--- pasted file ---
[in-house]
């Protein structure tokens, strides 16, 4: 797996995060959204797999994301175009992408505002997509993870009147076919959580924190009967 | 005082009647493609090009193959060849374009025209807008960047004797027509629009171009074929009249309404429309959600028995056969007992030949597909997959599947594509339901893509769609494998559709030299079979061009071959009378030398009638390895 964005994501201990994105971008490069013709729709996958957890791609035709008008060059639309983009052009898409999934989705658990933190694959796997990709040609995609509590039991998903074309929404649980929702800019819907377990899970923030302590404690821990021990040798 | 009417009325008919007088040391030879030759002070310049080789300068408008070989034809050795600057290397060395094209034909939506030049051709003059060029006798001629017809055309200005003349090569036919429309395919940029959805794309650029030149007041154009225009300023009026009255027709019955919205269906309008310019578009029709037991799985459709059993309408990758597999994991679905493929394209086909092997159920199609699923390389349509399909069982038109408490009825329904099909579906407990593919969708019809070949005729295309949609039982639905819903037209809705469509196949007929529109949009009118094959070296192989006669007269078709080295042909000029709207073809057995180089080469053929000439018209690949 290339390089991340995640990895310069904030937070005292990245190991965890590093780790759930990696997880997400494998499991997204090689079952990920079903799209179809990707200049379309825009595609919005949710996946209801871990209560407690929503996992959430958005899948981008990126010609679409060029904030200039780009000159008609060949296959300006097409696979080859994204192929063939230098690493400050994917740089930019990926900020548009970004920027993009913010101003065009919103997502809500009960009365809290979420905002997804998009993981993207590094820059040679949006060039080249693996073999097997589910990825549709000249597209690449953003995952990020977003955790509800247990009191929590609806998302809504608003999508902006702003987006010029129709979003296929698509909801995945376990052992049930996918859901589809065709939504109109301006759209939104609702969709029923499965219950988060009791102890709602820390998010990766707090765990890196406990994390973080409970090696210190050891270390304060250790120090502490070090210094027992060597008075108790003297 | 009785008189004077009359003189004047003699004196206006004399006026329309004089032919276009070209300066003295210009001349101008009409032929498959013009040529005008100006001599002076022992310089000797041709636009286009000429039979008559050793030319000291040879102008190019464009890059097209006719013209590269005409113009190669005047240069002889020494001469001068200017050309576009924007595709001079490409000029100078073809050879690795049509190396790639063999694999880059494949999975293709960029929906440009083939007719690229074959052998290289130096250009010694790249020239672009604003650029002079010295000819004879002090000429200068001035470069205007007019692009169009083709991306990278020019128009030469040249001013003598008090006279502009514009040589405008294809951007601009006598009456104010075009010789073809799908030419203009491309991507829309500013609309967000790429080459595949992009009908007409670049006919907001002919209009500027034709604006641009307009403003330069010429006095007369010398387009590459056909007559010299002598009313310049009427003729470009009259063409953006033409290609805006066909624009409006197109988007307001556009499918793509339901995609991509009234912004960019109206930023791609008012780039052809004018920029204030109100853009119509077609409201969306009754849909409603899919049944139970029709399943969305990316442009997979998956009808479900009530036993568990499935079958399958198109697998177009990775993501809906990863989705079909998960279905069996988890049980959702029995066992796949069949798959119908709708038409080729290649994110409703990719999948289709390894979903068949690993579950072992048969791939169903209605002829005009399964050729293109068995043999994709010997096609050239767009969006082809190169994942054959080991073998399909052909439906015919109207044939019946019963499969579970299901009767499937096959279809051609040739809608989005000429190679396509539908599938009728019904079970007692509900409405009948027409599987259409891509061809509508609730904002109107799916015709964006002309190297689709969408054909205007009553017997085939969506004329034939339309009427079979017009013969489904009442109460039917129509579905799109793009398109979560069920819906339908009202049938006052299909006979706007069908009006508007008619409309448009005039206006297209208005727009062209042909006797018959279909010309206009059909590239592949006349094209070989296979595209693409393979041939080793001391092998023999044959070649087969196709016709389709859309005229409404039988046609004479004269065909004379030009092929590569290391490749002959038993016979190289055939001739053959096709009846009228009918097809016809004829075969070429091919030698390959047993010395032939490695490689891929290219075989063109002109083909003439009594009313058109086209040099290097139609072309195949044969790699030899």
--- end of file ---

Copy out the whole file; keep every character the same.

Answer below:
[in-house]
């Protein structure tokens, strides 16, 4: 797996995060959204797999994301175009992408505002997509993870009147076919959580924190009967 | 005082009647493609090009193959060849374009025209807008960047004797027509629009171009074929009249309404429309959600028995056969007992030949597909997959599947594509339901893509769609494998559709030299079979061009071959009378030398009638390895 964005994501201990994105971008490069013709729709996958957890791609035709008008060059639309983009052009898409999934989705658990933190694959796997990709040609995609509590039991998903074309929404649980929702800019819907377990899970923030302590404690821990021990040798 | 009417009325008919007088040391030879030759002070310049080789300068408008070989034809050795600057290397060395094209034909939506030049051709003059060029006798001629017809055309200005003349090569036919429309395919940029959805794309650029030149007041154009225009300023009026009255027709019955919205269906309008310019578009029709037991799985459709059993309408990758597999994991679905493929394209086909092997159920199609699923390389349509399909069982038109408490009825329904099909579906407990593919969708019809070949005729295309949609039982639905819903037209809705469509196949007929529109949009009118094959070296192989006669007269078709080295042909000029709207073809057995180089080469053929000439018209690949 290339390089991340995640990895310069904030937070005292990245190991965890590093780790759930990696997880997400494998499991997204090689079952990920079903799209179809990707200049379309825009595609919005949710996946209801871990209560407690929503996992959430958005899948981008990126010609679409060029904030200039780009000159008609060949296959300006097409696979080859994204192929063939230098690493400050994917740089930019990926900020548009970004920027993009913010101003065009919103997502809500009960009365809290979420905002997804998009993981993207590094820059040679949006060039080249693996073999097997589910990825549709000249597209690449953003995952990020977003955790509800247990009191929590609806998302809504608003999508902006702003987006010029129709979003296929698509909801995945376990052992049930996918859901589809065709939504109109301006759209939104609702969709029923499965219950988060009791102890709602820390998010990766707090765990890196406990994390973080409970090696210190050891270390304060250790120090502490070090210094027992060597008075108790003297 | 009785008189004077009359003189004047003699004196206006004399006026329309004089032919276009070209300066003295210009001349101008009409032929498959013009040529005008100006001599002076022992310089000797041709636009286009000429039979008559050793030319000291040879102008190019464009890059097209006719013209590269005409113009190669005047240069002889020494001469001068200017050309576009924007595709001079490409000029100078073809050879690795049509190396790639063999694999880059494949999975293709960029929906440009083939007719690229074959052998290289130096250009010694790249020239672009604003650029002079010295000819004879002090000429200068001035470069205007007019692009169009083709991306990278020019128009030469040249001013003598008090006279502009514009040589405008294809951007601009006598009456104010075009010789073809799908030419203009491309991507829309500013609309967000790429080459595949992009009908007409670049006919907001002919209009500027034709604006641009307009403003330069010429006095007369010398387009590459056909007559010299002598009313310049009427003729470009009259063409953006033409290609805006066909624009409006197109988007307001556009499918793509339901995609991509009234912004960019109206930023791609008012780039052809004018920029204030109100853009119509077609409201969306009754849909409603899919049944139970029709399943969305990316442009997979998956009808479900009530036993568990499935079958399958198109697998177009990775993501809906990863989705079909998960279905069996988890049980959702029995066992796949069949798959119908709708038409080729290649994110409703990719999948289709390894979903068949690993579950072992048969791939169903209605002829005009399964050729293109068995043999994709010997096609050239767009969006082809190169994942054959080991073998399909052909439906015919109207044939019946019963499969579970299901009767499937096959279809051609040739809608989005000429190679396509539908599938009728019904079970007692509900409405009948027409599987259409891509061809509508609730904002109107799916015709964006002309190297689709969408054909205007009553017997085939969506004329034939339309009427079979017009013969489904009442109460039917129509579905799109793009398109979560069920819906339908009202049938006052299909006979706007069908009006508007008619409309448009005039206006297209208005727009062209042909006797018959279909010309206009059909590239592949006349094209070989296979595209693409393979041939080793001391092998023999044959070649087969196709016709389709859309005229409404039988046609004479004269065909004379030009092929590569290391490749002959038993016979190289055939001739053959096709009846009228009918097809016809004829075969070429091919030698390959047993010395032939490695490689891929290219075989063109002109083909003439009594009313058109086209040099290097139609072309195949044969790699030899």